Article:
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lous can desire, to make up the composition of a great actress. In short, to parodize the words and not the sense of Shakspeare: "This Tree hath robbed many trees of their several additions. She is graceful as the poplar, majestic as the oak, malancholy as the willow, profuse in beauty as the magnolia, tender as the orange, delicate yet enduring as the locust. Like the cedar of Lebanon, an evergreen, redolent of sweets, whose sacred oil, when used to preserve from decay the books of the fathers was but a type of that intellectual essence, wherewith she embalms the thoughts and inspirations of genius in our memories for ever.'

c.

Editors' Drawer. We resume, and conclude for the present, our examination of the brief articles appropriate to this department. Similar papers, now in hand, will be discussed in a future number.

The following reply to the queries of 'D.;' in the Knickerbocker for December, is timely, and, as it seems to us, well reasoned and conclusive:

To the Editors of the Knickerbocker:

GENTLEMEN: A sensible correspondent of yours, over the signature of 'D.,' proposes an attempt at an exposition of the following passage of Locke's Essay; and as I deem that quotation one of the finest specimens of writing in that great work of genius, I hasten to furnish him with my interpretation of it. Locke says:

Reason is natural revelation, whereby the eternal Father of light and fountain of all knowledge communicates to maukiud that portion of Truth wbich he has laid within the reach of their natural faculties. Revelation is natural reason, enlarged by a new set of discoveries, communicated by God immediately, which reason vouches the truth of by the testimony and proofs it gives that they come from God. So that he who takes away reason to make way for revelation, puts out the light of both, and does much the same, as if he would persuade a man to put out his eyes, the better to receive the remote light of an invisible star by a telescope.'

This statement contains a just and profound view of the object of a revelation from heaven, and of the office to be performed by reason in the examination of its credentials. The obscurity in the language of Locke, in which your correspondent refers, arises out of the ditference between the ordinary meaning of the term revelation, and thai technical import which is given it in theological treatises. Revelation is either natural or supernatural. In the firsi sense we use this word when we say, that as soon as day-light appeared, our dangerous condition was clearly revealed to us, or such a person revealed all the facts which were confided to him, under an injunction of secrecy Supernatural revelation, implies a miraculous communication of truth to mankind, by immediate inspiration of God. In the first of these meanings, therefore, reason is very apıly said by Locke, to be natural revelation, since all the truths at which we arrive through its instrumentality, must come to us mediately, though not immediately, from the great Father of light and fountain of all wisdom. May not the magnificent scene presented to us in the external world, be said to be revealed to us by God, through the action of the eye, or external organs of vision? So reason may be regarded as the internal organ of vision, or mental eye, which discloses to us the impalpable world of truth and knowledge.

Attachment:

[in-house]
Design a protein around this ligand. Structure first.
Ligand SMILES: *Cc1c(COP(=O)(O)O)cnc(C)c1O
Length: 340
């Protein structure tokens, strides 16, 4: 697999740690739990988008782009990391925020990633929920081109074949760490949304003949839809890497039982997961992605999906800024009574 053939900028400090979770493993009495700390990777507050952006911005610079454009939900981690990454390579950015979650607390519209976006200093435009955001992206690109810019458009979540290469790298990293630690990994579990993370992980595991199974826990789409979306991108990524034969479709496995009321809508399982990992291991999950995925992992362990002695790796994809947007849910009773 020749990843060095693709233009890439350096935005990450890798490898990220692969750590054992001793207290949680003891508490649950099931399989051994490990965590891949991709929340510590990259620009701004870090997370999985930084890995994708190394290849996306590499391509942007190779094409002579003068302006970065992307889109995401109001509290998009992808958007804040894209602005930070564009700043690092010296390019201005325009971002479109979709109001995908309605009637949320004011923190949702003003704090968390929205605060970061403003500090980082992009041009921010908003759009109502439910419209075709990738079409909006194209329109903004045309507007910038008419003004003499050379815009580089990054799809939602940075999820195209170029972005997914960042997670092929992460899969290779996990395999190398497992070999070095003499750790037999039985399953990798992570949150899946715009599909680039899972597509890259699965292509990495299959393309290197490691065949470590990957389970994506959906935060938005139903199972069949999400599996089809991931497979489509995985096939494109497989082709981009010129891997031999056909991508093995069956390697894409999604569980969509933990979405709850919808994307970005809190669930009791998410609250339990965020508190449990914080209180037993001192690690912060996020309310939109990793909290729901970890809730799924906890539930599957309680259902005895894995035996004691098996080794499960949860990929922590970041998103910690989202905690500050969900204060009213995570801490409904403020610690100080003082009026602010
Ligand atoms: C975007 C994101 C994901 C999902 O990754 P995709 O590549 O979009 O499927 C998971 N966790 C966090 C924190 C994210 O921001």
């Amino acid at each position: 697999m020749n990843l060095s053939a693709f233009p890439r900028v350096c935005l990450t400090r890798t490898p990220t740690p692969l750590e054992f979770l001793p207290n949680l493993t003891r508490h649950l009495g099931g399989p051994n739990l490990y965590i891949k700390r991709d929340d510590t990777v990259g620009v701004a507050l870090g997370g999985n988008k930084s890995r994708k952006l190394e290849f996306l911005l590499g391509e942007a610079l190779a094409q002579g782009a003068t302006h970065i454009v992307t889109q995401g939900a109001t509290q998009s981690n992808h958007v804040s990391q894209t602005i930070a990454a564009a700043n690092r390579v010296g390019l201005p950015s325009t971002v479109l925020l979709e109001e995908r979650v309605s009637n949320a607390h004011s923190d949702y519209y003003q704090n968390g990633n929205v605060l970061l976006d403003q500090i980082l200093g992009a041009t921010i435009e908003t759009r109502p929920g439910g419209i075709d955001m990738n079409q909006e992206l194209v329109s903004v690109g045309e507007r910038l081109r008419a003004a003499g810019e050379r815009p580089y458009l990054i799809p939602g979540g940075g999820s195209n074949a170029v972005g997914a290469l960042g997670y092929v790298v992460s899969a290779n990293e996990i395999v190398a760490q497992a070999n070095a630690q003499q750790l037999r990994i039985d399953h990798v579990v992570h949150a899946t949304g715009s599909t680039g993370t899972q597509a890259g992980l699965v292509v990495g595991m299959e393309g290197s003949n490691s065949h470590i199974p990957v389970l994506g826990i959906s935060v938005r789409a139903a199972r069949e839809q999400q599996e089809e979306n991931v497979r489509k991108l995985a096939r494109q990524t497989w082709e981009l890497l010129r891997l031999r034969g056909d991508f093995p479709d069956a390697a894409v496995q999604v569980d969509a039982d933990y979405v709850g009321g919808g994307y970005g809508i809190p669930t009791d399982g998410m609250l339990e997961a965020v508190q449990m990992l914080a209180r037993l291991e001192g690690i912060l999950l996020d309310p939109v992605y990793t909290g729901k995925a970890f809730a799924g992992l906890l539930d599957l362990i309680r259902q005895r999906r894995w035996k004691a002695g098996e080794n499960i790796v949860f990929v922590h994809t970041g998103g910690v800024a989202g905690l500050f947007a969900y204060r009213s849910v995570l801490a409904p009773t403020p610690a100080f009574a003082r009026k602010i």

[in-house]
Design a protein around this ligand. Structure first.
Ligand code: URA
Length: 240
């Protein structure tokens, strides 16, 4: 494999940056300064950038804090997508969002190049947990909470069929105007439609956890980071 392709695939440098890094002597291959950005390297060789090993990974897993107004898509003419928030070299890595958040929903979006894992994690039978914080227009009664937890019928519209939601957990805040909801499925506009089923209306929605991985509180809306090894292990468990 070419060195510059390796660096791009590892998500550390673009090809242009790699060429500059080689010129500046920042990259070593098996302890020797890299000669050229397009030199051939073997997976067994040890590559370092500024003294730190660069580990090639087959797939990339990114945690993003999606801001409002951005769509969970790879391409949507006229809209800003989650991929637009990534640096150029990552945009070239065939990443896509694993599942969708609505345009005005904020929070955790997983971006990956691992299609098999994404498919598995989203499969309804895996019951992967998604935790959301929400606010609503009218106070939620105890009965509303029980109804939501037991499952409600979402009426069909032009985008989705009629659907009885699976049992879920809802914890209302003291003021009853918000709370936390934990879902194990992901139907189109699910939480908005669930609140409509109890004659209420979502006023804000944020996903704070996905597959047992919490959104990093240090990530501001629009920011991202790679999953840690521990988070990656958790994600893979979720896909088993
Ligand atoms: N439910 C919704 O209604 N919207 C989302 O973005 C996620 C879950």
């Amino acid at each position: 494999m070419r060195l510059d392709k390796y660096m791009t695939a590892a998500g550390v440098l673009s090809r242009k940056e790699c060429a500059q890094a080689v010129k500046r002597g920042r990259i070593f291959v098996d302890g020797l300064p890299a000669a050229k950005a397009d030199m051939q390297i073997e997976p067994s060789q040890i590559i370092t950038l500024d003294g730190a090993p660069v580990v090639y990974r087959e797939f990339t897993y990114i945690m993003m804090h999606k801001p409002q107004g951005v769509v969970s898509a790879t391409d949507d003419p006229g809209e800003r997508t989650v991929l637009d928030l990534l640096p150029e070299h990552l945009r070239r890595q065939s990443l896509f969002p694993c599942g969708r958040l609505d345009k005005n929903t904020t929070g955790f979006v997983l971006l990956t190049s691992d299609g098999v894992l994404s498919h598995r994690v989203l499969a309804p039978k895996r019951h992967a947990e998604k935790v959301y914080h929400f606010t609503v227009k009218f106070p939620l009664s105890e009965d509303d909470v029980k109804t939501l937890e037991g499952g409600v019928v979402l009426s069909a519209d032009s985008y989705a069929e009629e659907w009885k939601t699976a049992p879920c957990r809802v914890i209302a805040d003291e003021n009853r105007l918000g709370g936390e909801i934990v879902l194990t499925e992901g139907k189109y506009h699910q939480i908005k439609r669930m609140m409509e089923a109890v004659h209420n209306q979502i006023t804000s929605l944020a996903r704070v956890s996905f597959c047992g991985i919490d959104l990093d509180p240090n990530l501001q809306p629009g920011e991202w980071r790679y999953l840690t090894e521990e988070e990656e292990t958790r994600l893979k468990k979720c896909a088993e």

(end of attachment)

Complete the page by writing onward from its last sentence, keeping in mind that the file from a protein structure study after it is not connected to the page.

Again: Revelation is natural reason enlarged by a new set of discoveries communicated by God immediately, which reason vouches the truth of by the testimony and proofs it gives that they come from God. That is, revelation in its technical import, is an enlargement of the knowledge of mankind by a new set of discoveries communicated immediately or supernaturally by God. And as we say, that a man may have a narrow or enlarged reason or understanding, according to his degree of information, so by these communications from heaven, and under this supernatural dispensation, the reason or knowledge of mankind may be said to be enlarged by a new set of discoveries. Or what is equivalent to this statement, a state of revelation, as contradistinguished from a mere state of natural reason, is that in which the reason or knowledge subsisting in the world is enlarged by revelations from heaven. Locke means to affirm, that all the truths to which the human mind can attain by the exercise of its native faculties, may be regarded as a kind of natural revelation, made to us by the Fountain of all wisdom, inasmuch as he bestows the powers which enable us to attain them, but where our knowledge ceases, or when we arrive at the boundaries which are prescribed to our researches, there revelation approaches, and opens new fields of knowledge.

But farther : Wher revelations to us are announced, upon what grounds are we to receive them as genuine communications from heaven? It would not do to give credit to every person making pretensions to divine illumination, or we might have become the dupes of every imposior, from Simon Magus to the infamous Matthias. How, then, are we to guard against endless impositions, unless revelations be considered as appeals to our reason and understandings, which, in the language of Locke, are to become

vouchers for their truth from the testimony and proofs which are given that they come from God?' If reason is not made the umpire which is to decide the authenticity of a revelation, we should open a door to the wildest enthusiasm, and most atrocious impostures. It does not follow, however, from this appeal to reason, that she must necessarily abuse her powers. It will be her province to discriminate the cases, in which the truths revealed are within or above her comprehension, from their very nature, and yet sustained by adequate proof, from those which are to be repudiated, as contradictory to her clearest dictates.